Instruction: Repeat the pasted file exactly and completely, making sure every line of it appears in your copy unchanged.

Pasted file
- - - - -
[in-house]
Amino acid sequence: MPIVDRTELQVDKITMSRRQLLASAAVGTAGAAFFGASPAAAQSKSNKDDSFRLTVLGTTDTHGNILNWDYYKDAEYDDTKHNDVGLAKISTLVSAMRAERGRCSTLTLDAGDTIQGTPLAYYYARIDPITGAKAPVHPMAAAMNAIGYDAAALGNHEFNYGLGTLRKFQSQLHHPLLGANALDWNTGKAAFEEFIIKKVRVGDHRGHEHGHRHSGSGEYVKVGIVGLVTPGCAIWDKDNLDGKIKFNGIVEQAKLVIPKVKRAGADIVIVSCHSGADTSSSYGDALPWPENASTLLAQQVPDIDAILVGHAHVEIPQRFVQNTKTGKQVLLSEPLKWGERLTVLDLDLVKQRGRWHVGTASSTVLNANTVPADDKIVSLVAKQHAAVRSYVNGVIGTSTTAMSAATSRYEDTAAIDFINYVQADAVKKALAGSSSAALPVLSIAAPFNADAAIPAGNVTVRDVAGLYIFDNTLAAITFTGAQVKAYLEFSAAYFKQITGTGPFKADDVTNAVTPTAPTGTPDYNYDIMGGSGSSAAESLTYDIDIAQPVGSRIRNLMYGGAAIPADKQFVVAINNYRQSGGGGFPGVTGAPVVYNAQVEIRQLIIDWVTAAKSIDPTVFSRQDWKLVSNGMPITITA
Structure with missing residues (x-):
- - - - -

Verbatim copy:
[in-house]
Amino acid sequence: MPIVDRTELQVDKITMSRRQLLASAAVGTAGAAFFGASPAAAQSKSNKDDSFRLTVLGTTDTHGNILNWDYYKDAEYDDTKHNDVGLAKISTLVSAMRAERGRCSTLTLDAGDTIQGTPLAYYYARIDPITGAKAPVHPMAAAMNAIGYDAAALGNHEFNYGLGTLRKFQSQLHHPLLGANALDWNTGKAAFEEFIIKKVRVGDHRGHEHGHRHSGSGEYVKVGIVGLVTPGCAIWDKDNLDGKIKFNGIVEQAKLVIPKVKRAGADIVIVSCHSGADTSSSYGDALPWPENASTLLAQQVPDIDAILVGHAHVEIPQRFVQNTKTGKQVLLSEPLKWGERLTVLDLDLVKQRGRWHVGTASSTVLNANTVPADDKIVSLVAKQHAAVRSYVNGVIGTSTTAMSAATSRYEDTAAIDFINYVQADAVKKALAGSSSAALPVLSIAAPFNADAAIPAGNVTVRDVAGLYIFDNTLAAITFTGAQVKAYLEFSAAYFKQITGTGPFKADDVTNAVTPTAPTGTPDYNYDIMGGSGSSAAESLTYDIDIAQPVGSRIRNLMYGGAAIPADKQFVVAINNYRQSGGGGFPGVTGAPVVYNAQVEIRQLIIDWVTAAKSIDPTVFSRQDWKLVSNGMPITITA
Structure with missing residues (x-):